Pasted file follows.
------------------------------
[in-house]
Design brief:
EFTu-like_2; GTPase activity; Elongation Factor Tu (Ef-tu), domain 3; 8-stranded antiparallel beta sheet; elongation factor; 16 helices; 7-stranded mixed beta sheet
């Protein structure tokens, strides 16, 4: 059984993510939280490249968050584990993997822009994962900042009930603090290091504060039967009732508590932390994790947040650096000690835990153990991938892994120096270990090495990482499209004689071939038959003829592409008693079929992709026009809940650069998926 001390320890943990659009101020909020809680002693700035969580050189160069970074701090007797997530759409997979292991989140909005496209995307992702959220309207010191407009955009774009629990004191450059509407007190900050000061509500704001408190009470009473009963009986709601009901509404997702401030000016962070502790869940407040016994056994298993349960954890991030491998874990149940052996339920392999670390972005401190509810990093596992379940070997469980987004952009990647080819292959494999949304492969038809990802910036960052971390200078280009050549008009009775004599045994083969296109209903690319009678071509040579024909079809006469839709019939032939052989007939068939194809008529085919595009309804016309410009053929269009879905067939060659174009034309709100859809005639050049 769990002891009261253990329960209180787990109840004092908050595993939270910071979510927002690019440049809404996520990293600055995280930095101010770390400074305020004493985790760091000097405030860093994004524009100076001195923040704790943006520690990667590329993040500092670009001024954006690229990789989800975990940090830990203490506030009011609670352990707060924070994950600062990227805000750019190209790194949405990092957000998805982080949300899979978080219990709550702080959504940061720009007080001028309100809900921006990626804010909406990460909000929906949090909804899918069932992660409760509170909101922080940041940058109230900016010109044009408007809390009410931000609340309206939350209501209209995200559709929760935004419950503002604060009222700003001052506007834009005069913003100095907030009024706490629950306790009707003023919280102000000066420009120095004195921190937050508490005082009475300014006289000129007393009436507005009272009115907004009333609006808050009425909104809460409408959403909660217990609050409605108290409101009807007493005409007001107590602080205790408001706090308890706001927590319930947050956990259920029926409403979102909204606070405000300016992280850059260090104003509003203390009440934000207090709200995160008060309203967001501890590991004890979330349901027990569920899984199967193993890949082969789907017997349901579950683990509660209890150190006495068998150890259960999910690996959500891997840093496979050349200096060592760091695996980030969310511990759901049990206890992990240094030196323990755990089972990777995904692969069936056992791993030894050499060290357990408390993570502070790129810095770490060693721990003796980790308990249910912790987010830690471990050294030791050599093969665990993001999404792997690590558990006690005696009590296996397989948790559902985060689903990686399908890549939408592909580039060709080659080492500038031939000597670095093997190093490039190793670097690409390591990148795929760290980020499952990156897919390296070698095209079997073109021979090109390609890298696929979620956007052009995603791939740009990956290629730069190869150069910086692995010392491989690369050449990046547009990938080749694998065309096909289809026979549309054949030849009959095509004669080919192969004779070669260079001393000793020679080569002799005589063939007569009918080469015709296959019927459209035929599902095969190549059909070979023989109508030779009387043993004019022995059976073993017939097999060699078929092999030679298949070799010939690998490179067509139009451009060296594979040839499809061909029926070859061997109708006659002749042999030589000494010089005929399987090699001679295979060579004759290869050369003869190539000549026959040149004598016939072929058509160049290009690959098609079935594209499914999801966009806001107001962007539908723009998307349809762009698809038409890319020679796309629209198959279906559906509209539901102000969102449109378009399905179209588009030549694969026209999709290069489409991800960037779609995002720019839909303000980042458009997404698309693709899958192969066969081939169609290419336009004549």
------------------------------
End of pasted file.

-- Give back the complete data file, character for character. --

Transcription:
[in-house]
Design brief:
EFTu-like_2; GTPase activity; Elongation Factor Tu (Ef-tu), domain 3; 8-stranded antiparallel beta sheet; elongation factor; 16 helices; 7-stranded mixed beta sheet
């Protein structure tokens, strides 16, 4: 059984993510939280490249968050584990993997822009994962900042009930603090290091504060039967009732508590932390994790947040650096000690835990153990991938892994120096270990090495990482499209004689071939038959003829592409008693079929992709026009809940650069998926 001390320890943990659009101020909020809680002693700035969580050189160069970074701090007797997530759409997979292991989140909005496209995307992702959220309207010191407009955009774009629990004191450059509407007190900050000061509500704001408190009470009473009963009986709601009901509404997702401030000016962070502790869940407040016994056994298993349960954890991030491998874990149940052996339920392999670390972005401190509810990093596992379940070997469980987004952009990647080819292959494999949304492969038809990802910036960052971390200078280009050549008009009775004599045994083969296109209903690319009678071509040579024909079809006469839709019939032939052989007939068939194809008529085919595009309804016309410009053929269009879905067939060659174009034309709100859809005639050049 769990002891009261253990329960209180787990109840004092908050595993939270910071979510927002690019440049809404996520990293600055995280930095101010770390400074305020004493985790760091000097405030860093994004524009100076001195923040704790943006520690990667590329993040500092670009001024954006690229990789989800975990940090830990203490506030009011609670352990707060924070994950600062990227805000750019190209790194949405990092957000998805982080949300899979978080219990709550702080959504940061720009007080001028309100809900921006990626804010909406990460909000929906949090909804899918069932992660409760509170909101922080940041940058109230900016010109044009408007809390009410931000609340309206939350209501209209995200559709929760935004419950503002604060009222700003001052506007834009005069913003100095907030009024706490629950306790009707003023919280102000000066420009120095004195921190937050508490005082009475300014006289000129007393009436507005009272009115907004009333609006808050009425909104809460409408959403909660217990609050409605108290409101009807007493005409007001107590602080205790408001706090308890706001927590319930947050956990259920029926409403979102909204606070405000300016992280850059260090104003509003203390009440934000207090709200995160008060309203967001501890590991004890979330349901027990569920899984199967193993890949082969789907017997349901579950683990509660209890150190006495068998150890259960999910690996959500891997840093496979050349200096060592760091695996980030969310511990759901049990206890992990240094030196323990755990089972990777995904692969069936056992791993030894050499060290357990408390993570502070790129810095770490060693721990003796980790308990249910912790987010830690471990050294030791050599093969665990993001999404792997690590558990006690005696009590296996397989948790559902985060689903990686399908890549939408592909580039060709080659080492500038031939000597670095093997190093490039190793670097690409390591990148795929760290980020499952990156897919390296070698095209079997073109021979090109390609890298696929979620956007052009995603791939740009990956290629730069190869150069910086692995010392491989690369050449990046547009990938080749694998065309096909289809026979549309054949030849009959095509004669080919192969004779070669260079001393000793020679080569002799005589063939007569009918080469015709296959019927459209035929599902095969190549059909070979023989109508030779009387043993004019022995059976073993017939097999060699078929092999030679298949070799010939690998490179067509139009451009060296594979040839499809061909029926070859061997109708006659002749042999030589000494010089005929399987090699001679295979060579004759290869050369003869190539000549026959040149004598016939072929058509160049290009690959098609079935594209499914999801966009806001107001962007539908723009998307349809762009698809038409890319020679796309629209198959279906559906509209539901102000969102449109378009399905179209588009030549694969026209999709290069489409991800960037779609995002720019839909303000980042458009997404698309693709899958192969066969081939169609290419336009004549």